It is one of the hottest topics in contingent workforce management (CWM) this year, and for good reason. As rumors swirl and the talking heads make predictions, we must try to figure out how the ACA will affect the non-employee workforce. Sometimes, it is tough to separate fact from fiction.
- What do staffing buyers need to know?
- Who is responsible for contingent labor?
- What will happen to rates?
- What should I be tracking and how can a VMS help me?
- How can I avoid the increased risk related to worker misclassification?
Who owns the risk?One question that keeps popping up when engaging with staffing suppliers is, “Who is responsible for contingent workers?” Alden Bianchi said “Who owns the risk?” can easily translate into the question, “Whose employees are the folks, really?” Edward Lenz agreed and advised buyers to “Look to be sure that the staffing agreement is very explicit about what the staffing firm does.” He went on to say, “Look at the checklist of employer responsibilities on the staffing firm side of the ledger. If the staffing firm is paying the wages and benefits, withholds the employment taxes, recruits, screens and hires the employees – the contract should call for the staffing firm to establish employment policies governing the employees’ job performance.” He believes that “The staffing firm should also have and retain the right to control employees’ conduct at the work site, even though it may not necessarily be exercised.”
How do you protect your business from risk and stay compliant?Because the expert panelists represented both the buyer and the supplier side of the equation, there were also plenty of insights on how to best protect your business while adhering to the Affordable Care Act’s mandates. Brian McCourt suggested that contract language in supplier agreements should address the ACA and indemnification, specifically, as addressing healthcare and insurance concerns while onboarding contingent labor is critical. Of course, the increased visibility offered by a VMS was also a topic of discussion. The consensus was that you want to do everything you can to make sure your suppliers are compliant.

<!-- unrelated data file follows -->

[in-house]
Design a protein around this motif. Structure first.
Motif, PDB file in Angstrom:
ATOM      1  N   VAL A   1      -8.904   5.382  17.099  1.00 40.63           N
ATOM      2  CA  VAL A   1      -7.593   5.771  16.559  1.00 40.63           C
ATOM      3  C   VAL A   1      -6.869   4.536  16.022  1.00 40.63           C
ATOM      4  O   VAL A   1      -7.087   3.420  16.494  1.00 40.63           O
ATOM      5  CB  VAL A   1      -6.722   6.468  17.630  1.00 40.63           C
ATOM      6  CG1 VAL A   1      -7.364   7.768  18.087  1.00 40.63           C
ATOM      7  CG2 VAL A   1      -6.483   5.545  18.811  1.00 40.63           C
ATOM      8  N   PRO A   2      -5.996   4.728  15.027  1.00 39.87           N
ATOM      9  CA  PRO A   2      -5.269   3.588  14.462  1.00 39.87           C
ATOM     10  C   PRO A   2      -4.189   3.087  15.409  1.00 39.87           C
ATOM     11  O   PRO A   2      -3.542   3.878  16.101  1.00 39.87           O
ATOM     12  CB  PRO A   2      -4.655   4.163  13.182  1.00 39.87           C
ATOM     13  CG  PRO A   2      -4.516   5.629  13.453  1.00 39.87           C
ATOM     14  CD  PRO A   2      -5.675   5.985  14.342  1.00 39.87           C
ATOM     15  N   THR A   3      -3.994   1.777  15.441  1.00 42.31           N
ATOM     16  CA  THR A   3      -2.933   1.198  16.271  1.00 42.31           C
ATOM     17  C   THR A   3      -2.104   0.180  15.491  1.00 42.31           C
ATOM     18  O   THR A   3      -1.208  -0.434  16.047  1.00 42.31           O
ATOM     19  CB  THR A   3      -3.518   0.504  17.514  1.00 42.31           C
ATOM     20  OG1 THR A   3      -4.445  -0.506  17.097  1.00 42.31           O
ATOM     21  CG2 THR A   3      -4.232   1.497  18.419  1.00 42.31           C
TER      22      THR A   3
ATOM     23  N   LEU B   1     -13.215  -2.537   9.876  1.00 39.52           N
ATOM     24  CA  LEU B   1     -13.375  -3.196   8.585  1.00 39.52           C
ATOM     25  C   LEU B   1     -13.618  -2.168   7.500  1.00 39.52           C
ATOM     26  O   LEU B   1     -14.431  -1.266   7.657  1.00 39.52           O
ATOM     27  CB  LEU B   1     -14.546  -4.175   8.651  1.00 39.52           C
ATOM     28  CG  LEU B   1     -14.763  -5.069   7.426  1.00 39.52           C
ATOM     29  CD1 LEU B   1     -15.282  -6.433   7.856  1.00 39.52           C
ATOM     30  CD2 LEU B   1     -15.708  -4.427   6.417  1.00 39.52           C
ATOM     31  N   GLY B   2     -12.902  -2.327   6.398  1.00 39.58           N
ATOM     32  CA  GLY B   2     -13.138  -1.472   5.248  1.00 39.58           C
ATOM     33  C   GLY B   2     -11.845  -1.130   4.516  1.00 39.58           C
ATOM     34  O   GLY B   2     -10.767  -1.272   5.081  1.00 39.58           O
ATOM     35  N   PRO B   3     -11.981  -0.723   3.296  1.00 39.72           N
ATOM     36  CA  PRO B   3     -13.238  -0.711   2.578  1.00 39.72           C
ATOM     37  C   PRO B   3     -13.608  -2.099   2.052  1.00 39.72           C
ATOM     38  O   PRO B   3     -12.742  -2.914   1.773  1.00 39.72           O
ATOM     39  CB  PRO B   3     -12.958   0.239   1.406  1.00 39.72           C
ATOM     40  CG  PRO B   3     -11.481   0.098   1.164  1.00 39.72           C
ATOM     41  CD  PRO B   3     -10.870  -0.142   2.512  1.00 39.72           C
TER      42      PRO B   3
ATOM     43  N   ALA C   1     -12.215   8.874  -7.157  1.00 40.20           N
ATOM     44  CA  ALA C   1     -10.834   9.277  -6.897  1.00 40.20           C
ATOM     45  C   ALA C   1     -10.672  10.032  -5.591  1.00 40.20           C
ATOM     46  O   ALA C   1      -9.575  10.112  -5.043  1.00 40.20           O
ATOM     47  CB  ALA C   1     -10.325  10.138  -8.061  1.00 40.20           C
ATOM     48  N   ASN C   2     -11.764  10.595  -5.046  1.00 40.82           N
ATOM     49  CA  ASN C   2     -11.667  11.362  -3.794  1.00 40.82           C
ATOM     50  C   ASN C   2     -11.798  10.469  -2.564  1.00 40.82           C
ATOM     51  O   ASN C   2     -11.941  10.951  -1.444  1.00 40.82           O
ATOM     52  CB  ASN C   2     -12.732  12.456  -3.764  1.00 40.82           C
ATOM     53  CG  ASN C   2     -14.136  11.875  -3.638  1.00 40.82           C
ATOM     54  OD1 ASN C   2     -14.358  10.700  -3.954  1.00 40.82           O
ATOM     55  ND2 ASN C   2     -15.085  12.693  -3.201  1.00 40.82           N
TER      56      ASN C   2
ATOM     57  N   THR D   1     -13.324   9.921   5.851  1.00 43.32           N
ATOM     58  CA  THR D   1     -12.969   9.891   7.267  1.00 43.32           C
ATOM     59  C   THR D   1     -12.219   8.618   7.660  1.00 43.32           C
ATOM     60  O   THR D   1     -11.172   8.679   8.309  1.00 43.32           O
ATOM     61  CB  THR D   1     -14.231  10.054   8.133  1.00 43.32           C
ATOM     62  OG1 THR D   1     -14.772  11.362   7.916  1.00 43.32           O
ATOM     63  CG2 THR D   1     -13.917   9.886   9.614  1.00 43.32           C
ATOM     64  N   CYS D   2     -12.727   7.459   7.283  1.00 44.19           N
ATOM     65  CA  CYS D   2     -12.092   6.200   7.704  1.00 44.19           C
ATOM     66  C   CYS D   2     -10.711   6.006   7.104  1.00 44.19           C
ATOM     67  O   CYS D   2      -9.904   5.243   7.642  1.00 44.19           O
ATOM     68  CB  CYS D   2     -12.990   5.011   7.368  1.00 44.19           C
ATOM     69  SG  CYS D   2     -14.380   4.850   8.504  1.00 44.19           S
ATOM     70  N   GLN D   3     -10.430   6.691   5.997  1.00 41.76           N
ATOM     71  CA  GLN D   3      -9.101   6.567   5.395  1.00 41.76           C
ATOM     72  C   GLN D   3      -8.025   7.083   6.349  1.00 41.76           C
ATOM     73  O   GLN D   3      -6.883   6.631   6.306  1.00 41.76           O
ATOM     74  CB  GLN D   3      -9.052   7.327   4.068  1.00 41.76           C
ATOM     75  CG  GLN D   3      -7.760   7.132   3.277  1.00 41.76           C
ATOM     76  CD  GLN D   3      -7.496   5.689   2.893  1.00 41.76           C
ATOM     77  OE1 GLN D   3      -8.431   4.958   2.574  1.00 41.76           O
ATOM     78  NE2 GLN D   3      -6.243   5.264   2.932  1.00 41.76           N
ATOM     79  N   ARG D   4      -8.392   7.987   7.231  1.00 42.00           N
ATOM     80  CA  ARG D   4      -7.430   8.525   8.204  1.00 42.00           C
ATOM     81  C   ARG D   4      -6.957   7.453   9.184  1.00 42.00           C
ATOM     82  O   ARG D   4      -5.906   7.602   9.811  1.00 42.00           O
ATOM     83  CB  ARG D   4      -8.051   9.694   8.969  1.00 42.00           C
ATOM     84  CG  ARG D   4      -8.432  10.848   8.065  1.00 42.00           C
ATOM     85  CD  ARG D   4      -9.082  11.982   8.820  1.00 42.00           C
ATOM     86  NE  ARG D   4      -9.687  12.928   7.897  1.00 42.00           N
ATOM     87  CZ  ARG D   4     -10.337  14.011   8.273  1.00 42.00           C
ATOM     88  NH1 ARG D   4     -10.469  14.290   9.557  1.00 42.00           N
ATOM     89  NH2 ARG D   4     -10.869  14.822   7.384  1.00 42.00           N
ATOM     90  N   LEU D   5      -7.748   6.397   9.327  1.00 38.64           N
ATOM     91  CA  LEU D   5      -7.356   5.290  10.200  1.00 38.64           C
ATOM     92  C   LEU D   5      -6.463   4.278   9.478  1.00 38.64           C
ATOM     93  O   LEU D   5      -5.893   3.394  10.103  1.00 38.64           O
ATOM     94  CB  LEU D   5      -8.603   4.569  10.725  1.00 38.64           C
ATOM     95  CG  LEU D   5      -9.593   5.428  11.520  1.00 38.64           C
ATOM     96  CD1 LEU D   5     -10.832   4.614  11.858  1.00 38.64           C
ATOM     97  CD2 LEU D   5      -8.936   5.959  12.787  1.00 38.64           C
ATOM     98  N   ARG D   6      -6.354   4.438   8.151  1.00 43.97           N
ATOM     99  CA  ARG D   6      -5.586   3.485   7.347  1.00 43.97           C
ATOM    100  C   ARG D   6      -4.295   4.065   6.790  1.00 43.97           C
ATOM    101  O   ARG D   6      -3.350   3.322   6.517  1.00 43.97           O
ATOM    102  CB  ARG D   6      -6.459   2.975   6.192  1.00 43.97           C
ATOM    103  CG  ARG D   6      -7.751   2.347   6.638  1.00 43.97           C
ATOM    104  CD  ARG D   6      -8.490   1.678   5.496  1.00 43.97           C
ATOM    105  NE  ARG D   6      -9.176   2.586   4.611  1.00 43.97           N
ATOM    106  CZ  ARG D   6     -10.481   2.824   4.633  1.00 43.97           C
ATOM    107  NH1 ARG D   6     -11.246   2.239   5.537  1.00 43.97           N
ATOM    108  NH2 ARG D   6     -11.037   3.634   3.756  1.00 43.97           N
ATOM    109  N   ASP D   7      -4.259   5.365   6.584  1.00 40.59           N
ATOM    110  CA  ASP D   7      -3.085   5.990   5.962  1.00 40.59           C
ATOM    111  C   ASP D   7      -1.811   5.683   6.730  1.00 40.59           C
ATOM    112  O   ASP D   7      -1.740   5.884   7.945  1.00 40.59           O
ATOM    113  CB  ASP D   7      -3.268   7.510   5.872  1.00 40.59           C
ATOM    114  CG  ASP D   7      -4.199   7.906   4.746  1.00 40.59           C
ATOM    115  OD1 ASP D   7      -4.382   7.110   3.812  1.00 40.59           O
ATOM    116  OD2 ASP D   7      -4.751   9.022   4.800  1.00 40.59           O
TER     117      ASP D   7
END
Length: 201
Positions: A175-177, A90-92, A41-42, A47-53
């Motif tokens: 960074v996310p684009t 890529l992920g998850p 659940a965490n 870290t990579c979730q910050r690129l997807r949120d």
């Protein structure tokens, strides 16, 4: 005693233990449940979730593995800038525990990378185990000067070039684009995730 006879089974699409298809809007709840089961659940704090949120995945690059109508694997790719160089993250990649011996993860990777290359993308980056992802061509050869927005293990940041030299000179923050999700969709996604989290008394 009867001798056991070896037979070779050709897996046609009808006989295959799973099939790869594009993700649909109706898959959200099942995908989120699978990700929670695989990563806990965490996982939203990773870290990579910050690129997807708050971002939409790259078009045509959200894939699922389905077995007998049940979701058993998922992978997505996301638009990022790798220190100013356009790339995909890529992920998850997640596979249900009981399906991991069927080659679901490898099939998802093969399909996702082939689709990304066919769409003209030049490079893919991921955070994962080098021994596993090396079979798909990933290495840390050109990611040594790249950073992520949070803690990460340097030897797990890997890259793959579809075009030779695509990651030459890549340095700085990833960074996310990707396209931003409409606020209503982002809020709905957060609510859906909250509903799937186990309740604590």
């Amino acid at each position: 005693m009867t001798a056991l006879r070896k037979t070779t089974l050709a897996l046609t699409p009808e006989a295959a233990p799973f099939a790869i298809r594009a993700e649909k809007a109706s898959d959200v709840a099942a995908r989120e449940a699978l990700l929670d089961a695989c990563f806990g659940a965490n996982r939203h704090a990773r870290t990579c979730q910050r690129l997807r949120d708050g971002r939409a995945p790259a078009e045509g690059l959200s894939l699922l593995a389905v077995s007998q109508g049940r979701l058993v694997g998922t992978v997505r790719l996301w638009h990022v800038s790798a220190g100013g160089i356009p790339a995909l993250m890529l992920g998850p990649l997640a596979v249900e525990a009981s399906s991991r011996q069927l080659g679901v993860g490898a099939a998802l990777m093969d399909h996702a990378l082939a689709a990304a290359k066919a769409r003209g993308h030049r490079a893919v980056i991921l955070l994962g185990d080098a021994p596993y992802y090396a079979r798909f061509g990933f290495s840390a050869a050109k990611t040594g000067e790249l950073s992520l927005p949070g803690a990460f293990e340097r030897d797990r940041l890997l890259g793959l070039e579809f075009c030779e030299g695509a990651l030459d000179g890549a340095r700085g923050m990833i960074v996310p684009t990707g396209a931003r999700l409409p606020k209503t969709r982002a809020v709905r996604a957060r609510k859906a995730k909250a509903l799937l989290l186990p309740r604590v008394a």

What will happen to rates?Healthcare coverage for contingent workers is here to stay, but who is going to foot the bill? Much of the uncertainty about the ACA has stemmed from both buyer and supplier concerns about the impact on rates. According to the experts, although there seems to be an increase, preliminary data indicates that rates may actually be well under $1.00/hour per worker. If suppliers raise their rates, you should ask them to “open their books” and be transparent about how they arrived at the new number. Of course, some suppliers of contingent labor have already addressed this issue so their bill rate will not increase.
TakeawaysGreg Muccio made a great point when he said, “It’s here, it’s not going away, so focus more on how you work through it instead of how to get around it.” The bottom line is that there will continue to be challenges as we adjust to the ACA. Here are a few expert insights gleaned during the webinar:
- Do not make the solution to your problem more complicated than the problem itself.
- Ask the right questions when engaging with staffing suppliers on the ACA.
- Explore the many ways a VMS can help you manage your non-employee workforce.